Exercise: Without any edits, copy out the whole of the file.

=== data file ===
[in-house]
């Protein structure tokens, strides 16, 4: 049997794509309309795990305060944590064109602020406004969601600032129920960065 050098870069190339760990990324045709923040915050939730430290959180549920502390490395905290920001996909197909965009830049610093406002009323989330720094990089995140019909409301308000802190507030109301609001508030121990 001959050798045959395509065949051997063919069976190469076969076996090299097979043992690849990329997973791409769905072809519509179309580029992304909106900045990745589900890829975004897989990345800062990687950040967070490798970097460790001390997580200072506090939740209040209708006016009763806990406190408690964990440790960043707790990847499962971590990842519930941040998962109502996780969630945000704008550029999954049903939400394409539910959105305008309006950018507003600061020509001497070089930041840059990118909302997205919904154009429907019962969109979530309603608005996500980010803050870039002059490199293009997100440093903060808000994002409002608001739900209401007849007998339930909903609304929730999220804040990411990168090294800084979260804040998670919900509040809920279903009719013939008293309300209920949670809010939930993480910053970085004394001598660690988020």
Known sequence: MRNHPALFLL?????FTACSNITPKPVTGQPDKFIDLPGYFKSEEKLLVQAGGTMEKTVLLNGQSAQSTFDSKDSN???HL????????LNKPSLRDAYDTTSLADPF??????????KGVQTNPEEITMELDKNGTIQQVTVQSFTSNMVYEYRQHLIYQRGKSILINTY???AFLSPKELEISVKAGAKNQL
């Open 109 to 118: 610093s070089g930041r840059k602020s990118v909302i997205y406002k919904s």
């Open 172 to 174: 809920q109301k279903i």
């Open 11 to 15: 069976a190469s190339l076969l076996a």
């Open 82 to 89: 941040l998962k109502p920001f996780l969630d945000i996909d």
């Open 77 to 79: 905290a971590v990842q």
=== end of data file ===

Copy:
[in-house]
């Protein structure tokens, strides 16, 4: 049997794509309309795990305060944590064109602020406004969601600032129920960065 050098870069190339760990990324045709923040915050939730430290959180549920502390490395905290920001996909197909965009830049610093406002009323989330720094990089995140019909409301308000802190507030109301609001508030121990 001959050798045959395509065949051997063919069976190469076969076996090299097979043992690849990329997973791409769905072809519509179309580029992304909106900045990745589900890829975004897989990345800062990687950040967070490798970097460790001390997580200072506090939740209040209708006016009763806990406190408690964990440790960043707790990847499962971590990842519930941040998962109502996780969630945000704008550029999954049903939400394409539910959105305008309006950018507003600061020509001497070089930041840059990118909302997205919904154009429907019962969109979530309603608005996500980010803050870039002059490199293009997100440093903060808000994002409002608001739900209401007849007998339930909903609304929730999220804040990411990168090294800084979260804040998670919900509040809920279903009719013939008293309300209920949670809010939930993480910053970085004394001598660690988020």
Known sequence: MRNHPALFLL?????FTACSNITPKPVTGQPDKFIDLPGYFKSEEKLLVQAGGTMEKTVLLNGQSAQSTFDSKDSN???HL????????LNKPSLRDAYDTTSLADPF??????????KGVQTNPEEITMELDKNGTIQQVTVQSFTSNMVYEYRQHLIYQRGKSILINTY???AFLSPKELEISVKAGAKNQL
């Open 109 to 118: 610093s070089g930041r840059k602020s990118v909302i997205y406002k919904s």
């Open 172 to 174: 809920q109301k279903i």
């Open 11 to 15: 069976a190469s190339l076969l076996a």
């Open 82 to 89: 941040l998962k109502p920001f996780l969630d945000i996909d």
């Open 77 to 79: 905290a971590v990842q």